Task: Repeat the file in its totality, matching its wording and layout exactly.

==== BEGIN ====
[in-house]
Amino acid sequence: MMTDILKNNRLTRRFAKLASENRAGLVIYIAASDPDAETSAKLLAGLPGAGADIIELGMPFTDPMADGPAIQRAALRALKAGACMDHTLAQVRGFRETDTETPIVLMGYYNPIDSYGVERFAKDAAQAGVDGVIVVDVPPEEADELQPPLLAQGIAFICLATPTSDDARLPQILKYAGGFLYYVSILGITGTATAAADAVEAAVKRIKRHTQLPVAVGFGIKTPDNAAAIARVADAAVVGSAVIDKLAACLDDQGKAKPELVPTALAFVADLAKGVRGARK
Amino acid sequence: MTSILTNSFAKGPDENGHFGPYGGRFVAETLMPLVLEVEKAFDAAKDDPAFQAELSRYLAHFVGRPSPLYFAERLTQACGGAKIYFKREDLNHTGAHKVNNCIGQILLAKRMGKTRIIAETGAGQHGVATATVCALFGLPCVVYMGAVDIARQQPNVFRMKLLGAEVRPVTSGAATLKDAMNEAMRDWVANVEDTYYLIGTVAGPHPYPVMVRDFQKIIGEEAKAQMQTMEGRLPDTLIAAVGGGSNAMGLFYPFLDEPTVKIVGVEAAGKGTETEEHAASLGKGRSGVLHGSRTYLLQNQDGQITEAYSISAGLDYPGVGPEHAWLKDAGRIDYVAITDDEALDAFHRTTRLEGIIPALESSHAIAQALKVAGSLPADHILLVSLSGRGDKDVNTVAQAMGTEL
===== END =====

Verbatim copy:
[in-house]
Amino acid sequence: MMTDILKNNRLTRRFAKLASENRAGLVIYIAASDPDAETSAKLLAGLPGAGADIIELGMPFTDPMADGPAIQRAALRALKAGACMDHTLAQVRGFRETDTETPIVLMGYYNPIDSYGVERFAKDAAQAGVDGVIVVDVPPEEADELQPPLLAQGIAFICLATPTSDDARLPQILKYAGGFLYYVSILGITGTATAAADAVEAAVKRIKRHTQLPVAVGFGIKTPDNAAAIARVADAAVVGSAVIDKLAACLDDQGKAKPELVPTALAFVADLAKGVRGARK
Amino acid sequence: MTSILTNSFAKGPDENGHFGPYGGRFVAETLMPLVLEVEKAFDAAKDDPAFQAELSRYLAHFVGRPSPLYFAERLTQACGGAKIYFKREDLNHTGAHKVNNCIGQILLAKRMGKTRIIAETGAGQHGVATATVCALFGLPCVVYMGAVDIARQQPNVFRMKLLGAEVRPVTSGAATLKDAMNEAMRDWVANVEDTYYLIGTVAGPHPYPVMVRDFQKIIGEEAKAQMQTMEGRLPDTLIAAVGGGSNAMGLFYPFLDEPTVKIVGVEAAGKGTETEEHAASLGKGRSGVLHGSRTYLLQNQDGQITEAYSISAGLDYPGVGPEHAWLKDAGRIDYVAITDDEALDAFHRTTRLEGIIPALESSHAIAQALKVAGSLPADHILLVSLSGRGDKDVNTVAQAMGTEL